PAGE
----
Too scared to Write? The One-Two Punch That Got Me Writing.

the-writers-society:

So, there I was.

Feeling guilty that I’ve spent more time looking up writing tips and tutorials then actually writing.

When I finally decide to sit down and write, I mean really truly write, I decide to write 10,000 words that day to make up for the lost time.

You laugh, but this is how my brain works.

Of course, that cranks up the panic. Because everything is riding on this, right? I mean, I said I’m a writer. I claimed the title. I launched an entire blog about writing. I blog about writing every week. I read about writing every day. I dream up little scenes for my stories, jot down plans, and add to my outline.

And then I don’t write. Because it’s scary. And I lack skills.

So I lay down in bed. Because naps are better than panic attacks. But what’s better than naps? Scrolling through Pinterest and then napping.

That’s when I come across this crazy helpful writing tip snippet pinned to The Writer’s Sandbox. (Bear with me, this is important.) It was a small insight. At first, I didn’t take it seriously. Too easy. Just one tip among thousands of other writing tips.

But somehow it got me writing.

Little did I know, I was onto something that would help me write every day for the rest of the week. While actually enjoying it.

The Anxiety-Busting Writing Combo: Write While Lying down + Write Only 50 Words

You’ve heard of authors who wrote while lying down. Truman Capote did it. So did Mark Twain.

Maybe it sounded like artsy-fartsy nonsense to you. It did to me. And when I didn’t think it was hooey, I thought it impractical. Because no way I don’t fall asleep if I lay down to write. You know? And how could I possibly write fast enough to keep up with the story while two-finger typing? And how could I hold my arms up that long without getting tired?

I thought of a million reasons why it couldn’t work. So I never tried it. Not on purpose.

Instead, fate took my resistant hand, forced me into bed, and said “There dummy. Get writing.”

I should have tried it sooner. Because, come one, where do my best ideas happen? Yep, in the shower. But after that, it’s definitely while lying in bed.

And all those problems I was worried about? Well, they totally happened. But the cool thing is, they ended up working in my favor.

But first, why this method works in the first place.

Why It Works: The Psychology Behind This Two-Pronged Approach To Writing

Writers block is about fear. When it’s time to write, the record plays familiar fears on familiar ruts.

Will I measure up? Will my story be as good on the page as it is in my head? What if I’m disappointed? What if people think my story’s dumb? What if they think I’m dumb?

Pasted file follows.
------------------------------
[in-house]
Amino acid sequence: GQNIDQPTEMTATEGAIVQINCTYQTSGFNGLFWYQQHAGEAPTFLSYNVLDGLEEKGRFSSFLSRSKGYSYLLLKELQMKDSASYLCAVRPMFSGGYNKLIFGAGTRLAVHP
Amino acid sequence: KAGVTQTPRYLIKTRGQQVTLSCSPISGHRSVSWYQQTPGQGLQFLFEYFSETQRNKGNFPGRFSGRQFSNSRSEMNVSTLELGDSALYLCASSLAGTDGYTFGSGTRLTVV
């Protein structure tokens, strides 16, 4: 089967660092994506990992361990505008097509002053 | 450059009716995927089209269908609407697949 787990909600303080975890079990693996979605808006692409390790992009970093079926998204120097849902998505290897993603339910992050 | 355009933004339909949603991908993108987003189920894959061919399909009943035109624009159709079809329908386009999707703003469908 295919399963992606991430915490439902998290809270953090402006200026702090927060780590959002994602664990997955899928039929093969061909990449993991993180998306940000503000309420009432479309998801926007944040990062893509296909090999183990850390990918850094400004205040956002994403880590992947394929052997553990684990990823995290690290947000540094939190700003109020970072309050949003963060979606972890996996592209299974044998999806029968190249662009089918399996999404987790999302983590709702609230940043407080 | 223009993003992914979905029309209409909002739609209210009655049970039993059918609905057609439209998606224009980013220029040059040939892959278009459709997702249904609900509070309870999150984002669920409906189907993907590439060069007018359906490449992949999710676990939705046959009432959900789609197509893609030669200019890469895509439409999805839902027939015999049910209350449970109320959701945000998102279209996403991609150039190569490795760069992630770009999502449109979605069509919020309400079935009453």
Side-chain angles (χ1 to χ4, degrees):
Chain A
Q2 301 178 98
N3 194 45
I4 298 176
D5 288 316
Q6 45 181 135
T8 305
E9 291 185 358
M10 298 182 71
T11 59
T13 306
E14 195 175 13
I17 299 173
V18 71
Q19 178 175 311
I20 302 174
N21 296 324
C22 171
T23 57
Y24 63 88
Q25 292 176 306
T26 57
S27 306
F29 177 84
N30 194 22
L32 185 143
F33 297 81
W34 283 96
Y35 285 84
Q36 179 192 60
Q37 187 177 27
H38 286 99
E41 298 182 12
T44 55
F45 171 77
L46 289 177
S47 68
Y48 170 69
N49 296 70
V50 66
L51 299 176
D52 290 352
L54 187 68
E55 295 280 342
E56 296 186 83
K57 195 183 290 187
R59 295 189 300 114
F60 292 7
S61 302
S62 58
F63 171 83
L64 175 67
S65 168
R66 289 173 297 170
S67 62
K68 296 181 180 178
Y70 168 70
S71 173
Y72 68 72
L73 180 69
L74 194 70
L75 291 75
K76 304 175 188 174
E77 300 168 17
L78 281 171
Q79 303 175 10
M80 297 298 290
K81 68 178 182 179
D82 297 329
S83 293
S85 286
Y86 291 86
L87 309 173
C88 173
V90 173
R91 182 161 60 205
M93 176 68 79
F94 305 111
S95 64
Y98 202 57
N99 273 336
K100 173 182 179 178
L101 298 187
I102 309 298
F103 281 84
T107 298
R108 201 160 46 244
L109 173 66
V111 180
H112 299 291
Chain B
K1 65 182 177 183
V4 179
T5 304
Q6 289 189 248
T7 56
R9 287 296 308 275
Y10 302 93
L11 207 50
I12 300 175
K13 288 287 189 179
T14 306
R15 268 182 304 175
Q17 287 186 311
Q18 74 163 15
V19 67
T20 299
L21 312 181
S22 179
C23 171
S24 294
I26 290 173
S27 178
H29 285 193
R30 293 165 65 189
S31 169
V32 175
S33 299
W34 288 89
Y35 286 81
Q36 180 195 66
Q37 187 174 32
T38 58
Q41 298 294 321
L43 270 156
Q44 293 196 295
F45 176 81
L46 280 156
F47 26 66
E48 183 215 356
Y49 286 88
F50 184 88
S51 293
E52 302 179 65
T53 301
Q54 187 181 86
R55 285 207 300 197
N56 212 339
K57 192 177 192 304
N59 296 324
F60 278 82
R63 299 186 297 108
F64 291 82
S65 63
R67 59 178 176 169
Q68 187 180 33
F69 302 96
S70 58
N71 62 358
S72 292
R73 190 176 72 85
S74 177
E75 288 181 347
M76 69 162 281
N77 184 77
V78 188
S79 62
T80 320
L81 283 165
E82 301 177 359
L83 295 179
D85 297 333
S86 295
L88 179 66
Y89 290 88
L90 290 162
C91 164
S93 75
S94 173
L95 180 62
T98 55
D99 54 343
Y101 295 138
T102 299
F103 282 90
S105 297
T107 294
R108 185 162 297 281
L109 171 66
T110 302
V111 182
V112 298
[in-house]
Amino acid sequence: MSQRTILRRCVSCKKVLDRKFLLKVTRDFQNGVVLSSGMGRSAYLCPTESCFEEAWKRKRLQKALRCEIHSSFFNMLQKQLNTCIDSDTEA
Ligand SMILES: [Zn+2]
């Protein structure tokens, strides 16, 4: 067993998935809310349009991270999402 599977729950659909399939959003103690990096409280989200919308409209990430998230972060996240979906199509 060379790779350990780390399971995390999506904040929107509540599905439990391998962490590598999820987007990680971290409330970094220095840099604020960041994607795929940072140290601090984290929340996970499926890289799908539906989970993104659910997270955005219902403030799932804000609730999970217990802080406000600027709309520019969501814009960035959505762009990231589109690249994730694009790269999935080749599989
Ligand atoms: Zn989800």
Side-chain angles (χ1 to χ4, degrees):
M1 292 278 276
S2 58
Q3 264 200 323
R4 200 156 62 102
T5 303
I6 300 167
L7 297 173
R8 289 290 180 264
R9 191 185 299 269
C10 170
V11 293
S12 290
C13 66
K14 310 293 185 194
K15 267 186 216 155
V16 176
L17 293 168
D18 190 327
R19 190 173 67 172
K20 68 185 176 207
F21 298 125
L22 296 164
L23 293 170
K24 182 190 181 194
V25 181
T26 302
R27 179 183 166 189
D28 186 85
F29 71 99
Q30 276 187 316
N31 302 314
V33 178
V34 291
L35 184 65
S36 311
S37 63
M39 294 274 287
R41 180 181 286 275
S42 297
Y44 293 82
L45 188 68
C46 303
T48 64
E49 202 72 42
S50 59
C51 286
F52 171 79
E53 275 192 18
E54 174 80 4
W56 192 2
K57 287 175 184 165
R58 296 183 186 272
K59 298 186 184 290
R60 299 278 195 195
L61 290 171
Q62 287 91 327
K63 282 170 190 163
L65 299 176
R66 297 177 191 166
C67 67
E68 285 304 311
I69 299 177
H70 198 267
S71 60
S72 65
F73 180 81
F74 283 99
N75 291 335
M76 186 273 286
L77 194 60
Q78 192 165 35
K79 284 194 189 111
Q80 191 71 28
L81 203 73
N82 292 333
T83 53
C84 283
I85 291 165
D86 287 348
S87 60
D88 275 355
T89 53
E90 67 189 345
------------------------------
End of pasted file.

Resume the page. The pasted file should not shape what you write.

So this approach, lie down + write 50 words, reduces the pressure we put on ourselves and our stories to be epic. Here’s how:

1.) Sends your body the signal to relax

The reclining position tells your body that it’s time to relax. And that relaxed state is ideal for writing. Have you ever wondered why you think of your best ideas just before you fall asleep? That’s when we’re most free of expectations. Our minds are free to roam and come up with ideas.

We’re not sitting at a desk doing work. We’re just being.

2.) Eases you through the Hardest Part

The write-50-words goal gets you focused while supporting relaxation. It’s this low-pressure approach that got me through the hardest part of writing: getting started. Once I was through the barrier, it was easy to keep going. And that was just a bonus.

3.) Keeps your focus on Accomplishable Mini-goals

The other thing that helped?

You can’t tell your entire story in 50 words (unless we’re talking about flash fiction). So I thought more about each sentence. Because I had no choice but to focus in on one moment at a time. A hat brim buffeting on the breeze. Foam spilling over a beer glass. Wet fingertips fogging a polished bar.

50 words left no space to get lost in big concepts. It was about moving my story forward one sentence at a time.

4.) Slows the process down and gives you time to think

Lying down helped focus my mind too. I composed my next sentence carefully each time I had to rest my arm. I couldn’t rush through a mad-dash of panic-stricken sentences on my way toward a finish line that felt too far away.

Instead, I had to annunciate each syllable for the talk-to-text software to understand.

It forced me to slow down. To consider where I was going. And the goal was small enough that I had plenty of time to do it right along the way.

You’ve got the Key to Busting Your Writing Angst.

So what now?

Lie down in your cozy bed, and write 50 words. You can do it.

Because this is the moment you’ve been waiting for, writer. And you’re exactly where you need to be. Go.

I hope this helped you guys.

If you have any questions, feel free to go to my ask box

lend-your-lungs-to-me:

chicklette:

writerlyn:

I desperately want to crush the idea that your writing has to be important.

You know what’s important?

Having fun.

Since I’ve started to embrace this, I’ve written more in a year than i had in the 40 years prior. 

Write the story you want to read.  Have fun.  That’s all.

This is pretty much the most important piece of writing advice anyone can ever give you.

feynites:

nihilnovisubsole:

a writing advice post: don’t describe characters’ eye colors, people don’t usually notice that in real life

me: anyway this character has pale blue eyes and this one has brownish-black and this one has sea green and you’re not my mother, you can’t make me stop

The trick is actually when you describe eye colours.

If a character is standing a good distance away from the character describing them, then unless they have massive and/or unusually vivid eyes (in which case, carry on) then no, they’re eye colour isn’t gonna be what jumps out about them.

So save it for later.

It can actually be a really moving experience to notice something pretty about another person’s eyes, the first time you’re close enough to. One of the major downsides of the ‘list format’ of description, where you just dump stuff like hair colour, eye colour, skin tone, height, built, etc in one big block, is that you lose a lot of the little human moments where people are honestly liable to pick up details about one another.

If you just tell me that, say, a character’s eyes have flecks of green in them, that’s boring. If your POV character notices the flecks of green in someone’s eyes because they’re sitting together on a couch and laughing and the light hit them just right and oh, so-and-so actually has unfairly pretty hazel eyes?